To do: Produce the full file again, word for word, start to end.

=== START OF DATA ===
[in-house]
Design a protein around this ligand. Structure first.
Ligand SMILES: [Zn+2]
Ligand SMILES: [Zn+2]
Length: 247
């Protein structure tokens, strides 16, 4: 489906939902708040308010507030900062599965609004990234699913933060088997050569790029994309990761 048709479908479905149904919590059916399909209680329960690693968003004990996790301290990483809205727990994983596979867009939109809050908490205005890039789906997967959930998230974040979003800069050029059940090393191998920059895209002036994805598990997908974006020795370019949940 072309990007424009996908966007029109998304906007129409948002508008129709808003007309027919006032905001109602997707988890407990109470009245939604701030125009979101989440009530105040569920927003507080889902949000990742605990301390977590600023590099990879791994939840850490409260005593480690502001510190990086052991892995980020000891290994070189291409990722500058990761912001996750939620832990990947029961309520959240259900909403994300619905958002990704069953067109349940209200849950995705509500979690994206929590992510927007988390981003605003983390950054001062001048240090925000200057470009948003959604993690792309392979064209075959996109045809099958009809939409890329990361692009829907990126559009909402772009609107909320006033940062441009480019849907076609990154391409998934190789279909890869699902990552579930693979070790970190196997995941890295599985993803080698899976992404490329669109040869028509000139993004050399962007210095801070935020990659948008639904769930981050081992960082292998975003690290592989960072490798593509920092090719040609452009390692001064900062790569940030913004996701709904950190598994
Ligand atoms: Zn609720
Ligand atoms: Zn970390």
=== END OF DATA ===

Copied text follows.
[in-house]
Design a protein around this ligand. Structure first.
Ligand SMILES: [Zn+2]
Ligand SMILES: [Zn+2]
Length: 247
């Protein structure tokens, strides 16, 4: 489906939902708040308010507030900062599965609004990234699913933060088997050569790029994309990761 048709479908479905149904919590059916399909209680329960690693968003004990996790301290990483809205727990994983596979867009939109809050908490205005890039789906997967959930998230974040979003800069050029059940090393191998920059895209002036994805598990997908974006020795370019949940 072309990007424009996908966007029109998304906007129409948002508008129709808003007309027919006032905001109602997707988890407990109470009245939604701030125009979101989440009530105040569920927003507080889902949000990742605990301390977590600023590099990879791994939840850490409260005593480690502001510190990086052991892995980020000891290994070189291409990722500058990761912001996750939620832990990947029961309520959240259900909403994300619905958002990704069953067109349940209200849950995705509500979690994206929590992510927007988390981003605003983390950054001062001048240090925000200057470009948003959604993690792309392979064209075959996109045809099958009809939409890329990361692009829907990126559009909402772009609107909320006033940062441009480019849907076609990154391409998934190789279909890869699902990552579930693979070790970190196997995941890295599985993803080698899976992404490329669109040869028509000139993004050399962007210095801070935020990659948008639904769930981050081992960082292998975003690290592989960072490798593509920092090719040609452009390692001064900062790569940030913004996701709904950190598994
Ligand atoms: Zn609720
Ligand atoms: Zn970390």